However the larger risk to the film was it joining a lengthening list of movies targeted by right wing Hindu groups upset over content.
Pathaan’s ‘shameless color’
In Pathaan‘s case, the ire was mostly directed against a scene through which Khan’s co-star Deepika Padukone appears in a bikini throughout the song Besharam Rang — which translates to “shameless color.”
As that bikini was orange, some groups — including India’s nationalistic ruling party Bharatiya Janata — took issue, saying it was saffron: a color associated each with Hinduism and that party particularly. BJP and others subsequently called for a boycott, while activists in India tore down and burned promotional posters — and BJP home minister Madhya Pradesh threatened to ban the film entirely.
But as a substitute of killing Pathaan, its success each domestically and internationally within the face of those efforts not only proved that Bollywood can survive, it proved Bollywood can grow.
“The film has been doing just as well outside India because it has been doing in India,” said Sunera Thobani, a professor of South Asian cinema on the University of British Columbia. “So fan base is an element, but I feel that, clearly, something is changing In the general public mood.”
There are other changes that Pathaan signals as well. Though its plot is fairly much like past Bollywood movies in its championing — and failure to challenge — Indian patriotism, Khan’s character himself has a special significance.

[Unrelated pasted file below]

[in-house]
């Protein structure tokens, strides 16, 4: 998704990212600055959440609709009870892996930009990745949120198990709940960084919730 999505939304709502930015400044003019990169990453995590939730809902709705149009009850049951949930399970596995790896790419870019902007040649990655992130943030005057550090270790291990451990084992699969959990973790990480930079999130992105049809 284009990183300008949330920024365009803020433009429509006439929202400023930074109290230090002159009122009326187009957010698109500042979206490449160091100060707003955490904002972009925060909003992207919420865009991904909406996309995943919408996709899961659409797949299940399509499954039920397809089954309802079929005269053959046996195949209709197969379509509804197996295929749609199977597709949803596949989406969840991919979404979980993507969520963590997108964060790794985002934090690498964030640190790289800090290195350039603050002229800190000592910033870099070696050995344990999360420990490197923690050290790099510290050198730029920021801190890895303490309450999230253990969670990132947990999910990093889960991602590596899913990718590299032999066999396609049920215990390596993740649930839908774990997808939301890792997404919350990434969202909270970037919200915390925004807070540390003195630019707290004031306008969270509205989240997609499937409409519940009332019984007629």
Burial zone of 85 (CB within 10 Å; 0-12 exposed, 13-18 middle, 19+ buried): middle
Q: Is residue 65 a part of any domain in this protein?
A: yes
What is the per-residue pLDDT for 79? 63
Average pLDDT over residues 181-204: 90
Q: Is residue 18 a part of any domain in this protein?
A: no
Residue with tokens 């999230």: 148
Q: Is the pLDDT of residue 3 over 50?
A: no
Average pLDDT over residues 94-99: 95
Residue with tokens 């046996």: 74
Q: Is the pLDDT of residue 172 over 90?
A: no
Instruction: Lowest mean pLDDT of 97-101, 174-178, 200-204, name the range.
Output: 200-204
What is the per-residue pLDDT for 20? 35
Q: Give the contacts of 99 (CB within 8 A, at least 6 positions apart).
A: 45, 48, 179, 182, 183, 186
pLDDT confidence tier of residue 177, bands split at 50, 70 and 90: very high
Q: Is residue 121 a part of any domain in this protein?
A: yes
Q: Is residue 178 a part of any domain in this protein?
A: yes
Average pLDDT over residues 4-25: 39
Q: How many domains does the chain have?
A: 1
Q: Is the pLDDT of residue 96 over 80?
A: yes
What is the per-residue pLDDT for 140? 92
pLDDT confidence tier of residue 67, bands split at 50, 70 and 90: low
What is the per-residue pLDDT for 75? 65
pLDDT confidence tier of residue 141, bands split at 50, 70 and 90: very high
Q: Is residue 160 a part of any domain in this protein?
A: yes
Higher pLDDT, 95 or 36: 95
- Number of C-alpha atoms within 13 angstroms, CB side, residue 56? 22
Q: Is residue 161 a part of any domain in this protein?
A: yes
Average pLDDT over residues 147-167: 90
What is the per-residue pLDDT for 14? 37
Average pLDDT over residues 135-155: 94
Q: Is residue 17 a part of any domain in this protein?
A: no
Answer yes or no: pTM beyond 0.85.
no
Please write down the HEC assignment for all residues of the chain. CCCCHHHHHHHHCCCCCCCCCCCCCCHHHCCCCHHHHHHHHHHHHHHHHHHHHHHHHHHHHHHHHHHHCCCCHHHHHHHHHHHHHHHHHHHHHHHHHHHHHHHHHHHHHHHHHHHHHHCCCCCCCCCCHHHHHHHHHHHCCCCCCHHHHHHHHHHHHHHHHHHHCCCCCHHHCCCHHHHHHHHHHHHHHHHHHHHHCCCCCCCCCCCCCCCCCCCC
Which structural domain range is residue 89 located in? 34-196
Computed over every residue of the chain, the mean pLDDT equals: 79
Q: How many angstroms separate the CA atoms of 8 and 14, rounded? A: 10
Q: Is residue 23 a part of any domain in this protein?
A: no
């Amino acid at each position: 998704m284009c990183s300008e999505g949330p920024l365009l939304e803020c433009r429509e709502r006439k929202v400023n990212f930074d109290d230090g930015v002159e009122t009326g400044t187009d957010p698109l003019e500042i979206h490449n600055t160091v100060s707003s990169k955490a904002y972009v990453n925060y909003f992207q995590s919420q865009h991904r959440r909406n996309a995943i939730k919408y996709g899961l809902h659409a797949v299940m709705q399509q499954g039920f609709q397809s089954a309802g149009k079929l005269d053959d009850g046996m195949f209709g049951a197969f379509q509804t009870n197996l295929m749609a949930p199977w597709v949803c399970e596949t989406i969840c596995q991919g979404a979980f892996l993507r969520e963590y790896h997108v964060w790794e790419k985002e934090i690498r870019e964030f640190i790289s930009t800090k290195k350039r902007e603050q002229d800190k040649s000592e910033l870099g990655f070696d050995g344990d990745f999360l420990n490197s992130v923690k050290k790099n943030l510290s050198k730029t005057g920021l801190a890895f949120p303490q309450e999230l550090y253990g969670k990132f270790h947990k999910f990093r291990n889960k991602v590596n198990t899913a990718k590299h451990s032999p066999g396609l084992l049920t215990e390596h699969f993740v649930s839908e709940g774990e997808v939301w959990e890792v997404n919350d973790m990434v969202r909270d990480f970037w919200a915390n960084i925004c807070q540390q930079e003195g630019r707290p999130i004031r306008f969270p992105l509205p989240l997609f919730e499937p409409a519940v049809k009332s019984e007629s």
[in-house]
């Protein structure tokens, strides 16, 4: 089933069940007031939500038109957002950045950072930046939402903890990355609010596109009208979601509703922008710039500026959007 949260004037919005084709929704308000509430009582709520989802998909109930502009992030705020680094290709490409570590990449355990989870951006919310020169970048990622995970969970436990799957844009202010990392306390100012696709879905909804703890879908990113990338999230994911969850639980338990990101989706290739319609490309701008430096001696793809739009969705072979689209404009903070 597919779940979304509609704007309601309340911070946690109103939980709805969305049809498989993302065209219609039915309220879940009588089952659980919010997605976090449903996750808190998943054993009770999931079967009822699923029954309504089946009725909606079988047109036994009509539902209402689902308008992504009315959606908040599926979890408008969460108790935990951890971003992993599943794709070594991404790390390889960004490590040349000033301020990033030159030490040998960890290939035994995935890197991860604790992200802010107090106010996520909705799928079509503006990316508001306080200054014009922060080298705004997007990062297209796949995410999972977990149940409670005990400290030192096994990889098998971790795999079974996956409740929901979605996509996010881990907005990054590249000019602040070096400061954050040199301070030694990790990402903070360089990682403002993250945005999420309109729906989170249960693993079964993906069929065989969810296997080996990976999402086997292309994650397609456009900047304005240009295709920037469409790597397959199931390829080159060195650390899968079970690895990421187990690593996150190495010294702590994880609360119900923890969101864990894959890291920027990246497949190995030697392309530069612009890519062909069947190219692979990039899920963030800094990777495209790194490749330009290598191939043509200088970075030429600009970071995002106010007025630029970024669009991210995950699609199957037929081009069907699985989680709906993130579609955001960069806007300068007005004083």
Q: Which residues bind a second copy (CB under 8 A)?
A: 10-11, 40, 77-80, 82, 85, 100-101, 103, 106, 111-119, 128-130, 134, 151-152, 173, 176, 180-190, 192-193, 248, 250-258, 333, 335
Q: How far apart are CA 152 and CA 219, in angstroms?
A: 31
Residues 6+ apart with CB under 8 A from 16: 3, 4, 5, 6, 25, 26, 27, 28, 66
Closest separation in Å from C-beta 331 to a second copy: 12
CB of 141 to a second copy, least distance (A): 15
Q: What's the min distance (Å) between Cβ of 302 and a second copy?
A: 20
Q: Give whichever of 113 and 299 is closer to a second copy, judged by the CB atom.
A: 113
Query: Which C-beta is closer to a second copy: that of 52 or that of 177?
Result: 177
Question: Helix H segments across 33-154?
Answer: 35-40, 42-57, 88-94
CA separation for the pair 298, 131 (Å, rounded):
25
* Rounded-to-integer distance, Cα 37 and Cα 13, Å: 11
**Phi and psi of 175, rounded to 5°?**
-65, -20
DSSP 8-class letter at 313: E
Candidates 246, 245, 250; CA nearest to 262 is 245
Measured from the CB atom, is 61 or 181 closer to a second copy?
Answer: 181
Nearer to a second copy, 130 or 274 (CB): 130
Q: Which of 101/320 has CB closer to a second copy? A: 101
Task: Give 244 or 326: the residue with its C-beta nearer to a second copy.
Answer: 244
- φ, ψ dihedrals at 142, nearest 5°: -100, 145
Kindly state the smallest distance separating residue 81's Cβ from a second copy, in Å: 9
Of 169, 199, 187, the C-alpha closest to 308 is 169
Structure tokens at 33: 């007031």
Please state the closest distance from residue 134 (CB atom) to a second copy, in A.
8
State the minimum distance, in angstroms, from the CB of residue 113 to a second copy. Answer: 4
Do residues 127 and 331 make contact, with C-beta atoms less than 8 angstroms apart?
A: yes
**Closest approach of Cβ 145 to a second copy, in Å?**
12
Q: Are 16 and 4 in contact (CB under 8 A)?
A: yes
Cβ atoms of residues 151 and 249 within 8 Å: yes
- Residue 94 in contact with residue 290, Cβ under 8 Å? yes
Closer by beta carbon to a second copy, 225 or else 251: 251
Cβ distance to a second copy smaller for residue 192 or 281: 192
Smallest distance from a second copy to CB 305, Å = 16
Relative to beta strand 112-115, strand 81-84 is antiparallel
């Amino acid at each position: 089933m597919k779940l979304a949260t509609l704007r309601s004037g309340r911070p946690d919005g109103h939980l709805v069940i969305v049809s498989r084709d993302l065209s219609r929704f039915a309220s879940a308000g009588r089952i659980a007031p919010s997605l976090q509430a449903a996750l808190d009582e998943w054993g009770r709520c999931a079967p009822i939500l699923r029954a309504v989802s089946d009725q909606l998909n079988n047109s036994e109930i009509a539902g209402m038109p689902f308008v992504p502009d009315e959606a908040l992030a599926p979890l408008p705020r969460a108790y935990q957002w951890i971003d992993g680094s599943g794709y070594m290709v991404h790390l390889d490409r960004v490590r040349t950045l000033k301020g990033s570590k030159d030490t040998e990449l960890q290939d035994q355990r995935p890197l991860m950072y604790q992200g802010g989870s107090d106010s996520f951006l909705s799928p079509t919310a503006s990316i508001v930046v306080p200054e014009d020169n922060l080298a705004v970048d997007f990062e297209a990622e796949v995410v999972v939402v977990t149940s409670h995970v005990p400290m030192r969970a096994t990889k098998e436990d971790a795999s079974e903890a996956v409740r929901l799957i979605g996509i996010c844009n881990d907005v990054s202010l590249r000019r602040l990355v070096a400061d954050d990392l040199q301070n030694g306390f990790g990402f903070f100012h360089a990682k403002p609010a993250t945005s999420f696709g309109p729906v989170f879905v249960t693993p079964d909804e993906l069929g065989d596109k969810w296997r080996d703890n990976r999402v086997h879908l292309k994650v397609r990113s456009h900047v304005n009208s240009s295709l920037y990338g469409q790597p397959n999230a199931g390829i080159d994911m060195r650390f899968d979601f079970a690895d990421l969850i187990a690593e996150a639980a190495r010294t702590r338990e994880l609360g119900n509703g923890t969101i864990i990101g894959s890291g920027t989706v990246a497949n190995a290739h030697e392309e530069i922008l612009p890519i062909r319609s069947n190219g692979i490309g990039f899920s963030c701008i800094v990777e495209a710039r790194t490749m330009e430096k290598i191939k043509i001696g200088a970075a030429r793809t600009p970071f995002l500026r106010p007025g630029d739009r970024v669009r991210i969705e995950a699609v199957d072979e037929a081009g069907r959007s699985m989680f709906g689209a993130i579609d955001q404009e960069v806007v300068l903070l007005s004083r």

In recent times, subtle and overt Islamophobia in India has been on the rise — with anti-Muslim hate speech moving into the mainstream as attempts are made to transition India from a secular republic right into a Hindu state.
Thobani explained that while Khan is himself Muslim, his character has done much for representation.
Pathan, she explained, is a term connected to each Afghanistan and communities on Pakistan’s North-West Frontier. Due to that, it is usually connected with the Muslim identity — suggesting Khan’s character himself is Muslim as well.
That tangential relationship was enough for fellow actor Kangana Ranaut to say the film’s name must be modified altogether. But Thobani said the inclusion of a probable Muslim hero in a Bollywood film is an indication of positive change.
“Muslim men are represented generally as nefarious characters — as either engaged in terrorist plots or abusive men who beat up their wives or very strictly controlling of their daughters,” she said of most Bollywood movies.
“On this film you see a Muslim man in an unambiguously good role and in addition as a patriot.”
Bollywood’s changing tides
That role and the film’s subsequent success could possibly be evidence of a shifting future for Bollywood. In Canada. And looking out on the crushing crowds in Canadian theatres alone, a once fading excitement for the genre is coming back full force.
At the identical time, that excitement hints intentional efforts to derail progressive elements in Bollywood aren’t prone to work.
“After I see any Bollywood movie, I take my political lens off. I just have a look at it from the attitude of entertainment,” theatre-goer Rajiv Kaushik told CBC News ahead of a screening of Pathaan in Vaughan, Ont.
“I’ve grown up in a secular India, [and] that is how I have a look at the movie. So I’m here to do the identical today.”